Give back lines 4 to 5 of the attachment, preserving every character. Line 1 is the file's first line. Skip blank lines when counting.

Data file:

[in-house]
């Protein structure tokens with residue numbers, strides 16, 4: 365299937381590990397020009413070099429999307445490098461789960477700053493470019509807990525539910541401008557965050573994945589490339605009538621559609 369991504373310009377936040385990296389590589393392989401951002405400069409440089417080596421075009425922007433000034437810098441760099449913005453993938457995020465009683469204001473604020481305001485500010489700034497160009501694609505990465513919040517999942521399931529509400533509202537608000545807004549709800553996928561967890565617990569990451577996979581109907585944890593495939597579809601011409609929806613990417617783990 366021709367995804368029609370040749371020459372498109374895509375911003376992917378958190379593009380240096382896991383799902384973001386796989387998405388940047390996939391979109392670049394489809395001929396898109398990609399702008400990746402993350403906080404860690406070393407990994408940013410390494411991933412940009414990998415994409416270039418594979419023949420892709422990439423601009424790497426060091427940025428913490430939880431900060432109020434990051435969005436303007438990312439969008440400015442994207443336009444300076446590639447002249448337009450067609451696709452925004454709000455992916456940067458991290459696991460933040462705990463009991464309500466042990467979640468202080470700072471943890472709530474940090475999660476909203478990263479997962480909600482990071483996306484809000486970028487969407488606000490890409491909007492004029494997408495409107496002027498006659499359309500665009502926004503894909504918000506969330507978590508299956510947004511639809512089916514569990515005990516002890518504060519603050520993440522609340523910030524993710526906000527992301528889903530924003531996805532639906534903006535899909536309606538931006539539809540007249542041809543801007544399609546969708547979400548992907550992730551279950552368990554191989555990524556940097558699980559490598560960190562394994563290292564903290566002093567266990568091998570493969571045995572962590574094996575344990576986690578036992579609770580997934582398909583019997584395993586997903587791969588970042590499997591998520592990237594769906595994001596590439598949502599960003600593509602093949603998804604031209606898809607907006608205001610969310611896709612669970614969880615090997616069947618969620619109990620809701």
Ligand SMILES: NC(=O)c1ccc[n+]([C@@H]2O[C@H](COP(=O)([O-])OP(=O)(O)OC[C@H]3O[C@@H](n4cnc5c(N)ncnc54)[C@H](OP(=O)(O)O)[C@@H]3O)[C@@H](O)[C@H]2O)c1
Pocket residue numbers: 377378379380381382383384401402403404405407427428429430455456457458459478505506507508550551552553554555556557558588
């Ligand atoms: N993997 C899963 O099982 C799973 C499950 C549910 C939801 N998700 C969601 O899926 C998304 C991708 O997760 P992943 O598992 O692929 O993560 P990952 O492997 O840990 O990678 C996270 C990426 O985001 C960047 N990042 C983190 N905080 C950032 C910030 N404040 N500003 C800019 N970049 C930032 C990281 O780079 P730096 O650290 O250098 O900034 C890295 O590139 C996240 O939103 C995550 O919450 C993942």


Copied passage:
Pocket residue numbers: 377378379380381382383384401402403404405407427428429430455456457458459478505506507508550551552553554555556557558588
């Ligand atoms: N993997 C899963 O099982 C799973 C499950 C549910 C939801 N998700 C969601 O899926 C998304 C991708 O997760 P992943 O598992 O692929 O993560 P990952 O492997 O840990 O990678 C996270 C990426 O985001 C960047 N990042 C983190 N905080 C950032 C910030 N404040 N500003 C800019 N970049 C930032 C990281 O780079 P730096 O650290 O250098 O900034 C890295 O590139 C996240 O939103 C995550 O919450 C993942």